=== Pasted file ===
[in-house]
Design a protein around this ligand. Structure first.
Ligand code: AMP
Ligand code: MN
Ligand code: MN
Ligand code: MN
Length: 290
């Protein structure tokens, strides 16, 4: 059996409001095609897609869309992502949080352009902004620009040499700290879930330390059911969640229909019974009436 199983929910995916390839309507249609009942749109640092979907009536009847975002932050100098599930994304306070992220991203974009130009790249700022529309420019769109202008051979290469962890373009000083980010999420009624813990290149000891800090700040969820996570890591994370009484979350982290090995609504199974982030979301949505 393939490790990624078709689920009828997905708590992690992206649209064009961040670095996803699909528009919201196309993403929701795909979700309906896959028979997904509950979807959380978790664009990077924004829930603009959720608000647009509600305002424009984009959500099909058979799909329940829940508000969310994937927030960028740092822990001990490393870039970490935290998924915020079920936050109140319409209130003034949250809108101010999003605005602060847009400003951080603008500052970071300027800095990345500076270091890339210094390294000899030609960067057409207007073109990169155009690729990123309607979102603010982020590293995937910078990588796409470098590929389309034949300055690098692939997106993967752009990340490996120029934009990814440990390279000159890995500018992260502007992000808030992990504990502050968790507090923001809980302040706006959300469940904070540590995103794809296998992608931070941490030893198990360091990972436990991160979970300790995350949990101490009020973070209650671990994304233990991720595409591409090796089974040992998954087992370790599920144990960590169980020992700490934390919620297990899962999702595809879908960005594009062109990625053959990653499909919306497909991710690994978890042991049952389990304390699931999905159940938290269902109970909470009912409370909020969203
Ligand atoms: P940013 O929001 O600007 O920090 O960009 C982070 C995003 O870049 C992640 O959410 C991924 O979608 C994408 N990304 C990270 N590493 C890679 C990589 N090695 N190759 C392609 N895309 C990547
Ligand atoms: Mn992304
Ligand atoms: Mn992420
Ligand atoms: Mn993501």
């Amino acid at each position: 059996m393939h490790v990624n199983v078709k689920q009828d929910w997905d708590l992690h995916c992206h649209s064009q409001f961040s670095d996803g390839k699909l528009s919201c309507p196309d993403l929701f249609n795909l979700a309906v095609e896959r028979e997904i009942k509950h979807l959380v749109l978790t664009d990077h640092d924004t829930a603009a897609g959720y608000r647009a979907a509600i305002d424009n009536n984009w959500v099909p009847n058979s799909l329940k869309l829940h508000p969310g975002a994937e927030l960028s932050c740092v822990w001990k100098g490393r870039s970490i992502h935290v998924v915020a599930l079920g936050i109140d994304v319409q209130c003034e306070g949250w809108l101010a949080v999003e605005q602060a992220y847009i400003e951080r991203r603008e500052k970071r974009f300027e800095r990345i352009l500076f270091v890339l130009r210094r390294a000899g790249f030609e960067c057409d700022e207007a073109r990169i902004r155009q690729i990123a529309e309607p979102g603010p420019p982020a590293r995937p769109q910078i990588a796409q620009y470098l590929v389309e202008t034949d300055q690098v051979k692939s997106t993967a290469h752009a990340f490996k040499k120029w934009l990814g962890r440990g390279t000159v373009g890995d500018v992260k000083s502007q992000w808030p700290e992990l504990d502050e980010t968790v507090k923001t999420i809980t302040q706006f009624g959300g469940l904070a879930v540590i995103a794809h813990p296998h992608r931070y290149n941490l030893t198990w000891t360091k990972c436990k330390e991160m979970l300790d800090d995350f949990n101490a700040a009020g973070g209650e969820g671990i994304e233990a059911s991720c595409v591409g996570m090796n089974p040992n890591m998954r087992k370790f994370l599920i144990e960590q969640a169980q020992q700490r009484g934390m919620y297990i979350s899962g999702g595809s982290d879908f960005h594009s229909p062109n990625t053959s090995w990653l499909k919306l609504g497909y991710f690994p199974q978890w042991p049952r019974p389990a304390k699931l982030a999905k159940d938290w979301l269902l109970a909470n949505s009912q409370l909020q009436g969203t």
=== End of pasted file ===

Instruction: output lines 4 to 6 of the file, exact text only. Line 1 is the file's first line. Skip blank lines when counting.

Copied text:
Ligand code: MN
Ligand code: MN
Ligand code: MN